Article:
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Conflicts, loyalty of politicians to Iran threaten Iraq’s stability

Conflicts, loyalty of politicians to Iran threaten Iraq’s stability
Many observers confirmed that Iraq is witnessing a fragile political situation, and an unprecedented wave of differences among leaders of the Popular Mobilization Forces (PMF) and other politicians loyal to Iran.
They added that such differences threaten the stability of the country.

They pointed out that the current situation is unstable as political parties seek to reposition themselves, in addition to the dissolution of major coalitions due to conflicts among the political blocs.

The analysts anticipated the collapse of the pro-Iran Fatah and Muqtada al-Sadr's Sairoon Alliance in light of the latter’s growing criticism to the PMF due to their possession of arms to form a special air force.

Last week, Al-Sadr tweeted that Iraq is shifting from the rule of law to the state of riots.

Observers confirmed that Sadr is still the major supporter of the current Iraqi government, but in case its failure to settle all crises, he will likely take to streets for demonstrations.

They pointed out to al-Sadr-led demonstrations in 2016 and 2017 to demand reform and enforce the governments to meet the Iraqi people needs.

They also referred to the increasing influence of Shiite parties since 2003.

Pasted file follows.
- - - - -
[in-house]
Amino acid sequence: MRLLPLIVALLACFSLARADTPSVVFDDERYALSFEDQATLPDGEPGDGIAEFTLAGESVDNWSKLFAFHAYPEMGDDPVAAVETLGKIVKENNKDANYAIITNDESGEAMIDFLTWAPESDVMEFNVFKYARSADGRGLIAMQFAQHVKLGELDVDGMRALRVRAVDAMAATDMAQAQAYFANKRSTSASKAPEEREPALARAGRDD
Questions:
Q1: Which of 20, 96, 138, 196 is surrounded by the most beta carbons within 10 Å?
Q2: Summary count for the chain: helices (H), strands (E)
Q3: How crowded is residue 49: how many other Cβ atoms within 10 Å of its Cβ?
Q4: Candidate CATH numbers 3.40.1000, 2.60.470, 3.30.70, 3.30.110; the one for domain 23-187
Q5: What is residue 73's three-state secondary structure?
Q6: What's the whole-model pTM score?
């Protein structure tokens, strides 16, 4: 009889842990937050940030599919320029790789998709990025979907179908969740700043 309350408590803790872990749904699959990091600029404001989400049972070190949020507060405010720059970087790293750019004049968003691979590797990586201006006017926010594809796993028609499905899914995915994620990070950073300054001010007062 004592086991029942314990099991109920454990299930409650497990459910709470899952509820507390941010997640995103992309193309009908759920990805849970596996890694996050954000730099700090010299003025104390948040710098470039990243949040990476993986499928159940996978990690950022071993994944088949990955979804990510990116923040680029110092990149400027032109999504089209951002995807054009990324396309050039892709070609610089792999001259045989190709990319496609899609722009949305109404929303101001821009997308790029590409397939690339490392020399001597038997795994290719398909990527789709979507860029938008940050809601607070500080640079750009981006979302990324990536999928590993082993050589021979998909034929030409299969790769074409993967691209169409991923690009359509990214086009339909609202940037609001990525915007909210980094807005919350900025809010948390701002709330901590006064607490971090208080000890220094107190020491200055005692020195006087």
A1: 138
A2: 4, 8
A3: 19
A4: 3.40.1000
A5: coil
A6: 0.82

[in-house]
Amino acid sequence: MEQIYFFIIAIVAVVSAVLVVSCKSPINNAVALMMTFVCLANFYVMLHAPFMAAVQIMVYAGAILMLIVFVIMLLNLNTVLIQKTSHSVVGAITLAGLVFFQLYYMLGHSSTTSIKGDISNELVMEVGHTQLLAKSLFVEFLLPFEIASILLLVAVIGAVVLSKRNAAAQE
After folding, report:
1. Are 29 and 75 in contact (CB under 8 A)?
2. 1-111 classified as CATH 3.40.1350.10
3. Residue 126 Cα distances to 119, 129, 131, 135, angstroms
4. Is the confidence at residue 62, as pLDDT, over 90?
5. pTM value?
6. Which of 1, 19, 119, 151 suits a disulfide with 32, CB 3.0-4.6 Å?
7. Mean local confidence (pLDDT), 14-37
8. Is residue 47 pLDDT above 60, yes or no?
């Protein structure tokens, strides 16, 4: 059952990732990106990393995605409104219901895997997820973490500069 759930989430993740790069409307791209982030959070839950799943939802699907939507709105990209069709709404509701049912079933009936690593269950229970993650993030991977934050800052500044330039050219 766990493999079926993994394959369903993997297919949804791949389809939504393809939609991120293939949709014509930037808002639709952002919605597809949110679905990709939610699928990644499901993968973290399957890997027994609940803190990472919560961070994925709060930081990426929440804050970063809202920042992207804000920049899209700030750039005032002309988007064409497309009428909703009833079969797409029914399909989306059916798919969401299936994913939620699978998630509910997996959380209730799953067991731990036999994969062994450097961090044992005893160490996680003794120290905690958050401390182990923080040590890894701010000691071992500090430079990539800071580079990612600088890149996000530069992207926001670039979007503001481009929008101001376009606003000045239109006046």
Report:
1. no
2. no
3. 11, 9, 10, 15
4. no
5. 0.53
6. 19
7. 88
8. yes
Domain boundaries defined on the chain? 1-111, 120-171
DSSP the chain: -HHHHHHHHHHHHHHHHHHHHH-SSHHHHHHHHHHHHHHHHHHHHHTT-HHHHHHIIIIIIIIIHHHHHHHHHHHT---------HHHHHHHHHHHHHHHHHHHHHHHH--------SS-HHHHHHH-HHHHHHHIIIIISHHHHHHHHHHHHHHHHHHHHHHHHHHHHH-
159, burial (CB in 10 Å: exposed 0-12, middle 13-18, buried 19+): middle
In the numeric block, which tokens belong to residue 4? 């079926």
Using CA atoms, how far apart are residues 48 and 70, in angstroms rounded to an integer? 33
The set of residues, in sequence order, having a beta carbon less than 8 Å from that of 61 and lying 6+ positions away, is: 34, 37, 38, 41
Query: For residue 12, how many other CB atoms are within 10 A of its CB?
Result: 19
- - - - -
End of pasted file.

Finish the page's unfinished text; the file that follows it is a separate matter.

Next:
For his part, Renad Mansour, a researcher at British Chatham House, said that the Iraqi politicians had been divided, for years, between those who are loyal to Iran and Supreme Leader of the Islamic Republic Ali Khamenei, and those who support the Shiite Marja in Iraq, Ayatollah Ali al-Sistani.

He pointed out that there is now more ambiguity and fragility due to the challenge faced by the PMF to become an Iraqi institution, after the end of ISIS terrorist organization.
The PMF are the largest organization outside direct government control and includes over 60,000 fighters who stepped in to secure Iraq after state forces collapsed in 2014.
The PMF were formed after top Iraqi Shia cleric Ali al-Sistani's non-sectarian fatwa on "Sufficiency Jihad" on 13 June.
The fatwa called for defending Iraqi cities, particularly Baghdad, and to participate in the counter-offensive against the Islamic State, following the Fall of Mosul on 10 June 2014.
He explained that the PMF became fractured, plagued by internal divisions for political gains and personal positions.